[23:56] Depending on where you put a particular button a one page sales site, that may have an effect, what color that button is, if you have a multi-page sales site, that’s going to make a difference, where you put some of the different content, how you word it.
[24:11] All of these factors really relate to one another. And it can be very difficult to figure out exactly how to put together the sales website in such a way that is going to drive traffic for you. In addition, you also have to pay attention to the SEO capabilities of the single page versus a traditional sales website.
[24:30] So those are the types of things that you’re going to learn as part of going through this process. But which approach you decide on the product type and the audience that you’re trying to get into. There’s been some very successful review websites that provide a lot of detailed review of several different affiliate programs or products in the same niche, but you have to be really careful, because you have to be honest about what it is that you’re trying to sell and not simply promote something that gives you the highest commission, because those things tend to be obvious.
[25:00] If you are trying to sell something and your sole goal is to make as much money as you possibly can, it’s going to come through. And whether or that’s intentional or not, it doesn’t matter. It’s still going to come through that you’re focusing on selling something with very little regard as to whether it’s a decent product.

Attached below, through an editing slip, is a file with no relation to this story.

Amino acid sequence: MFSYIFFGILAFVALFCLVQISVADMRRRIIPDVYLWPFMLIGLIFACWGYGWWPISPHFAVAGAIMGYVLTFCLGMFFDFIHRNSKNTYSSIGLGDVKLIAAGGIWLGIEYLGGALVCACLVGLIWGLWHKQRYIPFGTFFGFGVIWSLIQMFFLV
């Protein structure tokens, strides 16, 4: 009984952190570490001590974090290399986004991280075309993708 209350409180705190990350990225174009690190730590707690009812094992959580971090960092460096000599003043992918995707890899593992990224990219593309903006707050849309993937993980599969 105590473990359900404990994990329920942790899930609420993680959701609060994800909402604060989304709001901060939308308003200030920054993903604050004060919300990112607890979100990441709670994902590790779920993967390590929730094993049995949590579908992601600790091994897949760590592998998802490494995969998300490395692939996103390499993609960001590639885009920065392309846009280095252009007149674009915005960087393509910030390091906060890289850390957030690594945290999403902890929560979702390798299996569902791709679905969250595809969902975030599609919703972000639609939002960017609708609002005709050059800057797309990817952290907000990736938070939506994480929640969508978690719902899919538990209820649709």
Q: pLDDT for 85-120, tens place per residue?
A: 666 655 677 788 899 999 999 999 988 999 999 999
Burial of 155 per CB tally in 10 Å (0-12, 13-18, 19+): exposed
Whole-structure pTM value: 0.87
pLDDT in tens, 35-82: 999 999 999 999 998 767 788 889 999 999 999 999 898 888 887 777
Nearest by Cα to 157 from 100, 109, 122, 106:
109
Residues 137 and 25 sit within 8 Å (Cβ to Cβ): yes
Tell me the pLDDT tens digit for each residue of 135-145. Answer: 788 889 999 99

[25:17] Rob: Yeah, and there are other approaches to affiliate marketing, obviously. We’ve just laid out two of them here and we’re actually running out of time. So I think that we have a resource to recommend at the end. If you are really interested in this, that might be your next step.
[25:30] So those are the first two steps, and the last step is to get started. As with anything, it’s really easy to sit and do research and think about it. But to actually register a domain and to get started writing copy, those are the hard parts.
[25:43] And that’s why I would almost encourage you to pick a pretty simple product, low-priced, and to do a one page sales letter, because it eliminates the option of procrastination, because you should know how to do that. You should know how to install WordPress. You can find the one page sales letter themes. There are several of them for like $20. You buy one, you install it, and you write some copy. I mean this is a couple hour process.
[26:05] So it really gets you kind of to the nuts and bolts, where the rubber meets the road quickly so that you have to then focus on the real work, which is doing the SEO or doing the pay-per-click. And there’s going to be a huge learning curve there, but that’s why you’re doing this is so that when you decide, if you decide to build your own product after this is over, or once you have this automated, then you really know how to do it.
[26:24] And so, that’s the third step, is to really get started and to not sit there and focus on doing research. Because all of us, I think, tend to do research just as a procrastination tool.
[26:35] Rob: The last thing I want to throw out is a resource. It’s kinda hard to recommend something in the affiliate marketing space because so much of it is junk, like if you search online. It’s basically a lot of people trying to promote an expensive product to sell you.
[26:47] But the one book that I’ve found…I’ve probably read six books on affiliate marketing and they were terrible. And the one that I’ve found that’s decent has a terrible title. It’s called “How I Made My First Million on the Internet and How You Can Too”. It sounds like the worst book ever.